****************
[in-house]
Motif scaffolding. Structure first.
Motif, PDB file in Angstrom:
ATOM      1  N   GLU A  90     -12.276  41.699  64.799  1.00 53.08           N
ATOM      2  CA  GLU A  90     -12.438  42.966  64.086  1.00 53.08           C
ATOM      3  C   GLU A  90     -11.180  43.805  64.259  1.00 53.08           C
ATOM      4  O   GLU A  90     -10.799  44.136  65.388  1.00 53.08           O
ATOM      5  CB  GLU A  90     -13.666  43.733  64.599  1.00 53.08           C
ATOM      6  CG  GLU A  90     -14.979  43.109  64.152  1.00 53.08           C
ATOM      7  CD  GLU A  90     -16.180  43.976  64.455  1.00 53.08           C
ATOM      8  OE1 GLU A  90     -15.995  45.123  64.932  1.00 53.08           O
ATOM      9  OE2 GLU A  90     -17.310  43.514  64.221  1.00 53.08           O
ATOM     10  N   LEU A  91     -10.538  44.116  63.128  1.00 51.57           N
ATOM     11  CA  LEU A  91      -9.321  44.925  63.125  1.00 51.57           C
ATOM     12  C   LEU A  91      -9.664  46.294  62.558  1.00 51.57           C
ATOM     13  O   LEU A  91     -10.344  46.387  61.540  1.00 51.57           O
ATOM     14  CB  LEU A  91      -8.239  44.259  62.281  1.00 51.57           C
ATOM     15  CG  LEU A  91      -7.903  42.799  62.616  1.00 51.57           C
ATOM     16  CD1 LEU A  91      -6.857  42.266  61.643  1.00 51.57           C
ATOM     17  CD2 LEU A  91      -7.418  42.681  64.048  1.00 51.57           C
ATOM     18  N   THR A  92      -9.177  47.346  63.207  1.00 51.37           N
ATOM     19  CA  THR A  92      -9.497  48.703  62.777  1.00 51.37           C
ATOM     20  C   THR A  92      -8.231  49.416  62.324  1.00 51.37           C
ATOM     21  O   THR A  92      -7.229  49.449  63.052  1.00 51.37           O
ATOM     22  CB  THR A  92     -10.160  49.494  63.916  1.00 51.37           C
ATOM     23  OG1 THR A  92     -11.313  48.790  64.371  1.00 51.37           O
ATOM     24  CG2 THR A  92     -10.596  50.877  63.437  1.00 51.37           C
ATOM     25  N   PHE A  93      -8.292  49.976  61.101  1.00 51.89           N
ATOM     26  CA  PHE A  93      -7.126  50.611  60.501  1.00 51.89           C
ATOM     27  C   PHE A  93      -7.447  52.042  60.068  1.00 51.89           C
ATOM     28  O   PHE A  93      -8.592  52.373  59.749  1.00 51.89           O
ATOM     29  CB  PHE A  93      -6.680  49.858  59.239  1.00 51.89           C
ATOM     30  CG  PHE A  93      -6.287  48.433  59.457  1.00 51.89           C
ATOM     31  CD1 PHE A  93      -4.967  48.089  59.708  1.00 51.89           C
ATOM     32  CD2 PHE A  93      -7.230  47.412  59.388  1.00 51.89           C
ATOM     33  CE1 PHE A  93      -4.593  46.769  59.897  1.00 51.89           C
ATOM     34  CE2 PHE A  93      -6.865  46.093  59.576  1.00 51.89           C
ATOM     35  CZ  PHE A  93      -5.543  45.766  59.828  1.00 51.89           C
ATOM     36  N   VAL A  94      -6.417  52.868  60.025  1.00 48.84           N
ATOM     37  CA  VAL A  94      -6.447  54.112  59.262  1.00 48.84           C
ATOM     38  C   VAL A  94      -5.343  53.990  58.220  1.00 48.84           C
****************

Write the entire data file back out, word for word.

[in-house]
Motif scaffolding. Structure first.
Motif, PDB file in Angstrom:
ATOM      1  N   GLU A  90     -12.276  41.699  64.799  1.00 53.08           N
ATOM      2  CA  GLU A  90     -12.438  42.966  64.086  1.00 53.08           C
ATOM      3  C   GLU A  90     -11.180  43.805  64.259  1.00 53.08           C
ATOM      4  O   GLU A  90     -10.799  44.136  65.388  1.00 53.08           O
ATOM      5  CB  GLU A  90     -13.666  43.733  64.599  1.00 53.08           C
ATOM      6  CG  GLU A  90     -14.979  43.109  64.152  1.00 53.08           C
ATOM      7  CD  GLU A  90     -16.180  43.976  64.455  1.00 53.08           C
ATOM      8  OE1 GLU A  90     -15.995  45.123  64.932  1.00 53.08           O
ATOM      9  OE2 GLU A  90     -17.310  43.514  64.221  1.00 53.08           O
ATOM     10  N   LEU A  91     -10.538  44.116  63.128  1.00 51.57           N
ATOM     11  CA  LEU A  91      -9.321  44.925  63.125  1.00 51.57           C
ATOM     12  C   LEU A  91      -9.664  46.294  62.558  1.00 51.57           C
ATOM     13  O   LEU A  91     -10.344  46.387  61.540  1.00 51.57           O
ATOM     14  CB  LEU A  91      -8.239  44.259  62.281  1.00 51.57           C
ATOM     15  CG  LEU A  91      -7.903  42.799  62.616  1.00 51.57           C
ATOM     16  CD1 LEU A  91      -6.857  42.266  61.643  1.00 51.57           C
ATOM     17  CD2 LEU A  91      -7.418  42.681  64.048  1.00 51.57           C
ATOM     18  N   THR A  92      -9.177  47.346  63.207  1.00 51.37           N
ATOM     19  CA  THR A  92      -9.497  48.703  62.777  1.00 51.37           C
ATOM     20  C   THR A  92      -8.231  49.416  62.324  1.00 51.37           C
ATOM     21  O   THR A  92      -7.229  49.449  63.052  1.00 51.37           O
ATOM     22  CB  THR A  92     -10.160  49.494  63.916  1.00 51.37           C
ATOM     23  OG1 THR A  92     -11.313  48.790  64.371  1.00 51.37           O
ATOM     24  CG2 THR A  92     -10.596  50.877  63.437  1.00 51.37           C
ATOM     25  N   PHE A  93      -8.292  49.976  61.101  1.00 51.89           N
ATOM     26  CA  PHE A  93      -7.126  50.611  60.501  1.00 51.89           C
ATOM     27  C   PHE A  93      -7.447  52.042  60.068  1.00 51.89           C
ATOM     28  O   PHE A  93      -8.592  52.373  59.749  1.00 51.89           O
ATOM     29  CB  PHE A  93      -6.680  49.858  59.239  1.00 51.89           C
ATOM     30  CG  PHE A  93      -6.287  48.433  59.457  1.00 51.89           C
ATOM     31  CD1 PHE A  93      -4.967  48.089  59.708  1.00 51.89           C
ATOM     32  CD2 PHE A  93      -7.230  47.412  59.388  1.00 51.89           C
ATOM     33  CE1 PHE A  93      -4.593  46.769  59.897  1.00 51.89           C
ATOM     34  CE2 PHE A  93      -6.865  46.093  59.576  1.00 51.89           C
ATOM     35  CZ  PHE A  93      -5.543  45.766  59.828  1.00 51.89           C
ATOM     36  N   VAL A  94      -6.417  52.868  60.025  1.00 48.84           N
ATOM     37  CA  VAL A  94      -6.447  54.112  59.262  1.00 48.84           C
ATOM     38  C   VAL A  94      -5.343  53.990  58.220  1.00 48.84           C